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Joseph Smith/Alleged false prophecies/Forged Rocky Mountain prophecy/Tanners use of sources
The Tanner's sources used to support their forged Rocky Mountain prophecy claim
Jerald and Sandra Tanner claim that a prophecy from Joseph about the Saints' move to the Rocky Mountains was forged after the fact and inserted into the History of the Church. They provide the following sources for this claim:
- History of the Church 5:85.
- Joseph Smith's Manuscript History, Book D-1, page 1362
- Brigham Young University Studies, Summer 1971, p.469
- Davis Bitton, Joseph Smith in the Mormon Folk Memory, The John Whitmer address, delivered at the Second Annual Meeting of the John Whitmer Historical Association, Lamoni, Iowa, September 28, 1974, unpublished manuscript, p.16" [This article is now available in "Joseph Smith in the Mormon Folk Memory," in Restoration Studies, ed. Maurice L. Draper, vol. 1, (Independence, Missouri, 1980).]
None of these citations support their claim.
To see citations to the critical sources for these claims, click here
This use of sources is dishonest and misleading.
None of these sources support the argument:
- The BYU Studies article from 1971 is Dean Jessee's account of the authorship of the History of the Church. It says nothing about adding a "Rocky Mountain Prophecy," and the Tanners neglect to provide the perspective on authorship practices in 19th century history that Jessee provides. They thus hide the material that answers their objection. Readers can fortunately access these ideas on the FAIR wiki.
- The History of the Church article contains the prophecy mentioned, and has a footnote about the source for it.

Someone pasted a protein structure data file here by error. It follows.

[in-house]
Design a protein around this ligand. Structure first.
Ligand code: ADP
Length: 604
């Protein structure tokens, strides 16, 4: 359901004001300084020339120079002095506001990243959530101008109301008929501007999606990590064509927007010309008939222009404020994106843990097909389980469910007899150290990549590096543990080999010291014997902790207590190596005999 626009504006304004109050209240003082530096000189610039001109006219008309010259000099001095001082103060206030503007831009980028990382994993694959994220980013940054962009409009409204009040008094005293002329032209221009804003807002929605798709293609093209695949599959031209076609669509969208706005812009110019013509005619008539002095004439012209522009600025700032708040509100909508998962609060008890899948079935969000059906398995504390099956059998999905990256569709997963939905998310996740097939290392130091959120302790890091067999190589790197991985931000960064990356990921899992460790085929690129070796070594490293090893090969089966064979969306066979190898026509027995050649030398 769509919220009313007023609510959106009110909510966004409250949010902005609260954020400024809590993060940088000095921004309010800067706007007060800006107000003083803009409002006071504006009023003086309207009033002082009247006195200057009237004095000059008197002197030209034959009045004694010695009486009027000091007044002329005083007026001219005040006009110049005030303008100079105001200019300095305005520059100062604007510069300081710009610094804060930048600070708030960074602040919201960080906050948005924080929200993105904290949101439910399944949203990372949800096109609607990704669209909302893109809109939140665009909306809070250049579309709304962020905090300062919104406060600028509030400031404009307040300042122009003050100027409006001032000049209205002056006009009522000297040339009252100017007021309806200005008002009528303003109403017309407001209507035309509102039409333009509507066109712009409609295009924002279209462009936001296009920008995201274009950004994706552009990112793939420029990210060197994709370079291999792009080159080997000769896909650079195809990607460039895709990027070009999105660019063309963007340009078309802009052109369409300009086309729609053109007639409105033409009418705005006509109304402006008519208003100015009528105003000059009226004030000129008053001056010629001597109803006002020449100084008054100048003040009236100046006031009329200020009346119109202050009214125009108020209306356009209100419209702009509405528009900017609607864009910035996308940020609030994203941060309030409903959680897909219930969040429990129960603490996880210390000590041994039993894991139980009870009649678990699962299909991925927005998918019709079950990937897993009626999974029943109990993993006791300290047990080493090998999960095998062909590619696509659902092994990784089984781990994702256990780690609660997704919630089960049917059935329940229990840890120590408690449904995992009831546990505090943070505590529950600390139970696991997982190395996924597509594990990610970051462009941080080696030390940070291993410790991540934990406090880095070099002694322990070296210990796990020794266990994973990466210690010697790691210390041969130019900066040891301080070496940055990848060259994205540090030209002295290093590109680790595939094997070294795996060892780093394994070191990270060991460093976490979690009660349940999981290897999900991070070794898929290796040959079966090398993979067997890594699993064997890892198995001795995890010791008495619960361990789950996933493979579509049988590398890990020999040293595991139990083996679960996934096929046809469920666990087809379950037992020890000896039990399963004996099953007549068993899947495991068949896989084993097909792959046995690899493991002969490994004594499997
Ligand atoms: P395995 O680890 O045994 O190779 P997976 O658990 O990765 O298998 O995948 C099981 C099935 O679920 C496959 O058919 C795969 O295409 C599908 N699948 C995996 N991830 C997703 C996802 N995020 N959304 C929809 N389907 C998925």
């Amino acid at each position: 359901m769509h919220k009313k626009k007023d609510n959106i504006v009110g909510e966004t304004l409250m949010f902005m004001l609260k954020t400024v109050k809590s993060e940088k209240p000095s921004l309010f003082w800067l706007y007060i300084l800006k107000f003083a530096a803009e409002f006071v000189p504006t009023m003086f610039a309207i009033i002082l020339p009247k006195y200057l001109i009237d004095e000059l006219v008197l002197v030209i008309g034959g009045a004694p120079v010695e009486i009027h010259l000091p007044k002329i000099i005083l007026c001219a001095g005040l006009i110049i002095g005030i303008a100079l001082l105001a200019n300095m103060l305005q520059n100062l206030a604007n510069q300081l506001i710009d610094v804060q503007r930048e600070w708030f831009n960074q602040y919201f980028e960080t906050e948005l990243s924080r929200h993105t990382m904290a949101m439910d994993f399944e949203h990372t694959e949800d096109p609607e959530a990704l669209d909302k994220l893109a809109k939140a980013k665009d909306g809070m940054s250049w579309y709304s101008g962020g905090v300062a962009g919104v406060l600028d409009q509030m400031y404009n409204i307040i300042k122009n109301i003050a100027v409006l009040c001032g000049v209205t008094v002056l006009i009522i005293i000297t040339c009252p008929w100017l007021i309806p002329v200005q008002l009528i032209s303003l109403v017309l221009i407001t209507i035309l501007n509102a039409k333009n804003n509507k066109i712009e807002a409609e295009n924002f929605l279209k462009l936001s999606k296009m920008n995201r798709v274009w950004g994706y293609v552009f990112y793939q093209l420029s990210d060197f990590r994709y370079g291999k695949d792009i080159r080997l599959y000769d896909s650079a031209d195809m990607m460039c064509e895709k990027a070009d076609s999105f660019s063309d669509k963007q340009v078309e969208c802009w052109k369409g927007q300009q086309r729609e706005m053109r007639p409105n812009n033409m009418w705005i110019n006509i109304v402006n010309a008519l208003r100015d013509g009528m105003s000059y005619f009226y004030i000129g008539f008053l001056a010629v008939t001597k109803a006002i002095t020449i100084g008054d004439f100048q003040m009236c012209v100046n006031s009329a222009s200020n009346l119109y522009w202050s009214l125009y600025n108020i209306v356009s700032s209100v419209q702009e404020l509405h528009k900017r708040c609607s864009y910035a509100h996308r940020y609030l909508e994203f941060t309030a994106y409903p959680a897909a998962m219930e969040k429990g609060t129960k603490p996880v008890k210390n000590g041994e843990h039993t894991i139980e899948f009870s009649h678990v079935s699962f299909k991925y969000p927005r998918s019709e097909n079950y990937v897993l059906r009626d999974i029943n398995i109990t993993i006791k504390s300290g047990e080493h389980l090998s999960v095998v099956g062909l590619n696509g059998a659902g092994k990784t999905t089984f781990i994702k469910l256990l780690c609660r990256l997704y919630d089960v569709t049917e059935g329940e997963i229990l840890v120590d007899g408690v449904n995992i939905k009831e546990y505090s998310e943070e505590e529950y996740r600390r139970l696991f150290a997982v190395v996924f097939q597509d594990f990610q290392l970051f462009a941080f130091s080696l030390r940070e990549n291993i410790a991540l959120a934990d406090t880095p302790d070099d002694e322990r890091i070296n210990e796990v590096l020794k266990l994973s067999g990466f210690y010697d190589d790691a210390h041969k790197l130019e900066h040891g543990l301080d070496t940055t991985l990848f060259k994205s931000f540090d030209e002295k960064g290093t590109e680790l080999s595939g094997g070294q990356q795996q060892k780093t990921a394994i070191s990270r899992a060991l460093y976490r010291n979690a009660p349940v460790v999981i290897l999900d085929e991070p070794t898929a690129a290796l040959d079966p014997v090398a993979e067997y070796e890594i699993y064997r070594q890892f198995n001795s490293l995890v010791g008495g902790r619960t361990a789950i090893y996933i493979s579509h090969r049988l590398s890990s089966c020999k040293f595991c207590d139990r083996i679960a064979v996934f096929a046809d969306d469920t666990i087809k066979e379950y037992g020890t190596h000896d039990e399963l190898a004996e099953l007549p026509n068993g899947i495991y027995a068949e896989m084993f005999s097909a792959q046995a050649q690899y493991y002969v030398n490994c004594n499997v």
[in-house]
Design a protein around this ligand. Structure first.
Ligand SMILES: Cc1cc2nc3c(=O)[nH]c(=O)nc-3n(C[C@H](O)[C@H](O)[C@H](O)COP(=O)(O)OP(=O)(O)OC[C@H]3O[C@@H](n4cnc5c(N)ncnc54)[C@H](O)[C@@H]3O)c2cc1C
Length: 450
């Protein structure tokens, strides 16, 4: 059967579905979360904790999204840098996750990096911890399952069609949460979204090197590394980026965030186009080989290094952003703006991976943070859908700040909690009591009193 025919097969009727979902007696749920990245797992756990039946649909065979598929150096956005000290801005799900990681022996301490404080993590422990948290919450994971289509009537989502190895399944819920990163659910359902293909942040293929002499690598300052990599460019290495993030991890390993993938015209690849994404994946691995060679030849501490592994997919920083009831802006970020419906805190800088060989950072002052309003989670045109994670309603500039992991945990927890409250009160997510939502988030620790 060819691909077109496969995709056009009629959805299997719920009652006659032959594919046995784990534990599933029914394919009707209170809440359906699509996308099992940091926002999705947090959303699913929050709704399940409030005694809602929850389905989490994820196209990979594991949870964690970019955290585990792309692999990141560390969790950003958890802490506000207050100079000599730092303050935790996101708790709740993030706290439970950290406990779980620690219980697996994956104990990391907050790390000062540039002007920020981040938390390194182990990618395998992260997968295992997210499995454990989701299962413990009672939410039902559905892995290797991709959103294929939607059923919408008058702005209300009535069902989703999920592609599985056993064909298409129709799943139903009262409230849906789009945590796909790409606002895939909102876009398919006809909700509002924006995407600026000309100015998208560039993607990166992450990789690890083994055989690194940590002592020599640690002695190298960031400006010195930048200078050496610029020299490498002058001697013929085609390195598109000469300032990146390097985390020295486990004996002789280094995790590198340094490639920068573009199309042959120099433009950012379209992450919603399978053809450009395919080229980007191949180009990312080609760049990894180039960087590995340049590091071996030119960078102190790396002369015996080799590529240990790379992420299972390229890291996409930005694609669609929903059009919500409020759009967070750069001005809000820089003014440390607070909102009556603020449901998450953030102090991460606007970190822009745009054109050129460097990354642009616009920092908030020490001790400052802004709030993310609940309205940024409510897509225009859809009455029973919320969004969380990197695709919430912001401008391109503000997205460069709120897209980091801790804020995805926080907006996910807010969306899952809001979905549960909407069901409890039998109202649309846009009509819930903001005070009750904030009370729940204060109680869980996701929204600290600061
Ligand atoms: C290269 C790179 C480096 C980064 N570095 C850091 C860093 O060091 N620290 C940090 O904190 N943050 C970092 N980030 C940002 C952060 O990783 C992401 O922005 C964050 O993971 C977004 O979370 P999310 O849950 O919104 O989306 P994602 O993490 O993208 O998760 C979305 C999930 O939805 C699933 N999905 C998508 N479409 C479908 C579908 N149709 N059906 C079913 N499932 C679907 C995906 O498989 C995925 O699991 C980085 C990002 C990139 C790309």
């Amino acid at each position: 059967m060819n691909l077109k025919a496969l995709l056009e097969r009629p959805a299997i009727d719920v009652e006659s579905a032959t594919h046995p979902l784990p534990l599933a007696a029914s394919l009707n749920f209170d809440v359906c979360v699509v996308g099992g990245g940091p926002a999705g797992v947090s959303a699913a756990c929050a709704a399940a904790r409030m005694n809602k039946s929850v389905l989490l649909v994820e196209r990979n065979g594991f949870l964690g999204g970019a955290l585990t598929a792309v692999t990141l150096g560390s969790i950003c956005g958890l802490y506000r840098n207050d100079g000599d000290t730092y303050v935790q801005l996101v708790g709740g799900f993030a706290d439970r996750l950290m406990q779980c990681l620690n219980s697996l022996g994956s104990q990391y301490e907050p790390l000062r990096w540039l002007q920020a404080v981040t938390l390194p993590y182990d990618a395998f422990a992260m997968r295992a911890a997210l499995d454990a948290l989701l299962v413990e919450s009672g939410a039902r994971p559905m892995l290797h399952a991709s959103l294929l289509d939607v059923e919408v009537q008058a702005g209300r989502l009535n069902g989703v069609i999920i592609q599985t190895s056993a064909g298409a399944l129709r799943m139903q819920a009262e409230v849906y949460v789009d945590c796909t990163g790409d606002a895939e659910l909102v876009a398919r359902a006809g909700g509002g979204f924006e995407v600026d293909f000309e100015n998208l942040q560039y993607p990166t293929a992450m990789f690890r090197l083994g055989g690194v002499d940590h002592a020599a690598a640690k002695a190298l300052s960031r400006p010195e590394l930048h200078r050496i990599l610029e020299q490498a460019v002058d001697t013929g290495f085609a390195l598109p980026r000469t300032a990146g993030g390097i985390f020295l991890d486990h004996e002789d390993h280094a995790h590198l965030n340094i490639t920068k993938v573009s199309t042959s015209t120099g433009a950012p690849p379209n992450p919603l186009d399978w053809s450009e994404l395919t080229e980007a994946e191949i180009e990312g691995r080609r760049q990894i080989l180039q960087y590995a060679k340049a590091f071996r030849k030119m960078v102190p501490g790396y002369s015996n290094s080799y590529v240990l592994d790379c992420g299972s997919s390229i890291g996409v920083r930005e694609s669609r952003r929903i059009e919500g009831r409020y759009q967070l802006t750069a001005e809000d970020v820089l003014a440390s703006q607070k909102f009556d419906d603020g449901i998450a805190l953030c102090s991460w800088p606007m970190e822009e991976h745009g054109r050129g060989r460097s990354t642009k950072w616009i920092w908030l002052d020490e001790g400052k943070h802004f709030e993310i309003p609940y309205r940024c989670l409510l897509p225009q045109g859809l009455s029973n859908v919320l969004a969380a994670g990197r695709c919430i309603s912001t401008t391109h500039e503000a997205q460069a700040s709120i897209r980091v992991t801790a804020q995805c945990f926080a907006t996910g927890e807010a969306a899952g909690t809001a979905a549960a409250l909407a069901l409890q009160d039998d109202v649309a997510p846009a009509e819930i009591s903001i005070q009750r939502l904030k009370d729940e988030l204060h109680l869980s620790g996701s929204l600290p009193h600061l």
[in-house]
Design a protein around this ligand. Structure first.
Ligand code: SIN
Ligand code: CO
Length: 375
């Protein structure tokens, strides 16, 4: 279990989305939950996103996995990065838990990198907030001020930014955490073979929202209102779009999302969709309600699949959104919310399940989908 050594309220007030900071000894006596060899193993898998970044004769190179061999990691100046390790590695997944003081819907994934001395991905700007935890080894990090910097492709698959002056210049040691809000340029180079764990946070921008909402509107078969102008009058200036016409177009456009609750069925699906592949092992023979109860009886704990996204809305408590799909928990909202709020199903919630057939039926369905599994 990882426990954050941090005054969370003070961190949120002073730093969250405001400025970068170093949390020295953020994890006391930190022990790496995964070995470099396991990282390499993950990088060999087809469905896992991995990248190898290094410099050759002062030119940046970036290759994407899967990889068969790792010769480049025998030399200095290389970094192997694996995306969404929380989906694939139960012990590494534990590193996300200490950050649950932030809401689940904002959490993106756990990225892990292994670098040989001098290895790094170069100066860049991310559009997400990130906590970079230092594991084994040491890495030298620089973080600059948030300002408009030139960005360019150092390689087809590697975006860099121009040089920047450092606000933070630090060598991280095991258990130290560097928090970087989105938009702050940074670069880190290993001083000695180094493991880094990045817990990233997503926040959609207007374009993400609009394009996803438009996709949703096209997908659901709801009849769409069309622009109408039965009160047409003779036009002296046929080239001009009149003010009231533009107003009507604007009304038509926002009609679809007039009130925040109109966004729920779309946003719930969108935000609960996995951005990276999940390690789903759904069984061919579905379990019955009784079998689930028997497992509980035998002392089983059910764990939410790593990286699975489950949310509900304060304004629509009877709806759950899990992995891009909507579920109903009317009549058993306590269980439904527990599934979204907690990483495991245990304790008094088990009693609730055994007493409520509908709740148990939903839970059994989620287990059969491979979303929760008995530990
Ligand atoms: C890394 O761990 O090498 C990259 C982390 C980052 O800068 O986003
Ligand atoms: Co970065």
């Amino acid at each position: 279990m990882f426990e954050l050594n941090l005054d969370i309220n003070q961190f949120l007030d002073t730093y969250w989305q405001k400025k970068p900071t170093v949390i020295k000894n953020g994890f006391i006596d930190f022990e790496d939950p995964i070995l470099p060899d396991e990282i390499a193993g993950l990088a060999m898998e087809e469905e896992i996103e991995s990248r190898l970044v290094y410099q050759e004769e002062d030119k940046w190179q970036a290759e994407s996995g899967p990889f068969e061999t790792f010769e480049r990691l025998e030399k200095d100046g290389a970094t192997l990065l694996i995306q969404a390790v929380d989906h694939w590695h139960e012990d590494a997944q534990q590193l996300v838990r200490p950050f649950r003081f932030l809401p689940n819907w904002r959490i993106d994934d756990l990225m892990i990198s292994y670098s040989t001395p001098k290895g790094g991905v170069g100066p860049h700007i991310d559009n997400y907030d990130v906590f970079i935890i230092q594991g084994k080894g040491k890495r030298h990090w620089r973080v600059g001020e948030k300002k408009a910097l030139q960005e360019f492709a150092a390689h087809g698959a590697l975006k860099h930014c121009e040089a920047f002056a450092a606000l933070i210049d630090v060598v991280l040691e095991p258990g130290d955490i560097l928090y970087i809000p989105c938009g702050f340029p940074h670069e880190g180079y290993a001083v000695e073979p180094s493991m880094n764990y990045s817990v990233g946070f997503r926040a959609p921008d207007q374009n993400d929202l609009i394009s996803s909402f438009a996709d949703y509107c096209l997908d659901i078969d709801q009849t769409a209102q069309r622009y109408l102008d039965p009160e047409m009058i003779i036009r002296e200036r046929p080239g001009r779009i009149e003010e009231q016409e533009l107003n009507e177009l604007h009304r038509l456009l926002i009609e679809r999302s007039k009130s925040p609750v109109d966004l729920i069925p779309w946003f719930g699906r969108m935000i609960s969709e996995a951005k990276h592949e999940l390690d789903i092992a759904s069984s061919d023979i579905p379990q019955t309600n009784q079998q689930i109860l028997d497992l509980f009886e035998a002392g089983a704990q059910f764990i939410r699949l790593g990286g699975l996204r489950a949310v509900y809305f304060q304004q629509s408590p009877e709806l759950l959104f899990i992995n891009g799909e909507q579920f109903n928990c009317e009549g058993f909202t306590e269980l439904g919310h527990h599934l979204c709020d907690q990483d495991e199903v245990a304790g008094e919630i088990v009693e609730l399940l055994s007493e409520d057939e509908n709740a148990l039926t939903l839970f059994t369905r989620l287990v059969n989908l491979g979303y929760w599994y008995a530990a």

- Davis Bitton's article specifically rejects the Tanners' claim:
- Two errors have been made regarding this Rocky Mountains prophecy. The first is to reject it out of hand as a later invention of the Utah Mormons. There is enough discussion of possible westward moves during the later Nauvoo period to think that Joseph Smith, in one of his prophetic moods, might well have said something of the sort. The second error, even more serious, is to seize upon these fragments as the basis for concluding that Joseph knew exactly what the future held in store for the Saints down to every last detail. Like the constitution-by-a-thread prophecy, the Rocky Mountains prophecy probably had a basis in an actual statement. The two prophecies are alike, too, in the fact that they were extremely popular later on when they served the needs of the Saints for encouragement (italics added).
- B.H. Roberts notes in the History of the Church footnote: It is thought important that the following statement from a biography of Anson Call, by Edward Tullidge, should be made part of the history of this prophetic incident, as doubtless the testimony of Brother Call relates to the same incident as that described in the Prophets text of the History, notwithstanding some confusion of dates that exists in the Call testimony. It will be seen that the Prophet fixes the date of his prophecy on Saturday, the 6th of August, 1842. In Whitney's History of Utah, Vol. 4. (Biographical section of the history, p. 143), the date on which Call heard the prophecy, is given as the 8th of August, 1842. While in Tullidge's biography of Call the date is given as the 14th of July, 1843, evidently an error. There is no entry in the Prophet's journal for the 8th of August, 1842, and the entries for the 8th of August, 1843, and the 14th of July, 1843, relate to matters of quite a different character. Tullidge, in relating Anson Call's recollection of the incident also says that J. C. Bennett was present on the occasion, which must also be an error, as the rupture between Bennett and the Church and its authorities occurred and he had left Nauvoo previous to the 6th of August, 1842. In the Call statement as published by Tullidge, the name of Mr. Adams, the Deputy Grand Master Mason in charge of the ceremonies, is given as George, it should be James. [The Call statement then follows.]
- Davis Bitton, "Joseph Smith in the Mormon Folk Memory," in Restoration Studies, ed. Maurice L. Draper, vol. 1, (Independence, Missouri, 1980), 85.